The deal is one of many recently announced or closed healthcare mergers and acquisitions, some that have paired up players that more frequently have been at odds, such as insurers and hospitals. Dealmakers say the consolidation is in response to policy and market forces that have increased pressure on providers to deliver lower-cost care. But the activity also has raised concerns that the merged organizations' market clout could drive up prices.
Bigger is better as hospitals and doctors take on more financial risk under contracts that offer more incentives for quality and efficiency, said Dr. Kenneth Davis, the president and CEO of the new organization and who previously headed Mount Sinai Medical Center. “We believe the future of medicine is in large, integrated health systems that have the ability to manage population health and to take risk,” he said.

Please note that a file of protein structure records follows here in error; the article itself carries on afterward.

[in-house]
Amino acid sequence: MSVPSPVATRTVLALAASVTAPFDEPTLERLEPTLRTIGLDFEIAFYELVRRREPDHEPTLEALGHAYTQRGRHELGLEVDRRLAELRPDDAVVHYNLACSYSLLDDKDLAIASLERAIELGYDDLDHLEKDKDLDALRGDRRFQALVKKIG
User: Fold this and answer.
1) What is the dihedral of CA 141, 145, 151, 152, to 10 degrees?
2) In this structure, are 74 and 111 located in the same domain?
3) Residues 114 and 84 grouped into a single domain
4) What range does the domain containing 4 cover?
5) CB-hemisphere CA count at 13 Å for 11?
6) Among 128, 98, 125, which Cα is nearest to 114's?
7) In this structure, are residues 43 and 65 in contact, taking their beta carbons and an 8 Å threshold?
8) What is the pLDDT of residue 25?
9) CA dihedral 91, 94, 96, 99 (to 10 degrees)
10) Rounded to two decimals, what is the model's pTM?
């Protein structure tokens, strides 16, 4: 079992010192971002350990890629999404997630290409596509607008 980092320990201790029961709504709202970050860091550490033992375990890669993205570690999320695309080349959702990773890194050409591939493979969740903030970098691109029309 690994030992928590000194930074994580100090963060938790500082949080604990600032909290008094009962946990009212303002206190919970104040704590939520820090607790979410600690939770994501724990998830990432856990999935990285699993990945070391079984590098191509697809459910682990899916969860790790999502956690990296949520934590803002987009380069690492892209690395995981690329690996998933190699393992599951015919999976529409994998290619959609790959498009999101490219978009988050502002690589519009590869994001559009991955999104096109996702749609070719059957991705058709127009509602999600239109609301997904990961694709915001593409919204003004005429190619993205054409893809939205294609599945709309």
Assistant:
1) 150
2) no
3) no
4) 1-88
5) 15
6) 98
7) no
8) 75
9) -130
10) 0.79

More change is coming now that the deal has closed. The larger system combines the two partners' ambulatory networks and seven hospital campuses. Davis said the organization will consolidate or relocate various services across the new system and merge the administrative and billing operations during the next year. The new system has no insurance arm, but officials are considering whether to add that, he said.
The scope of the integration work is significant and potentially risky, Moody's Investors Service said in August when the deal was announced. The ratings agency estimated Continuum's annual revenue to be on par with that of Mount Sinai Health System's $3 billion in revenue. “This intended combination, if executed could enhance the scale and strategic position of the combined system tempered by the enormity of structural and cultural integration,” Moody's analysts said in August.
The system also includes a Medicare accountable care organization with about 24,000 enrollees that finished its first year in June.
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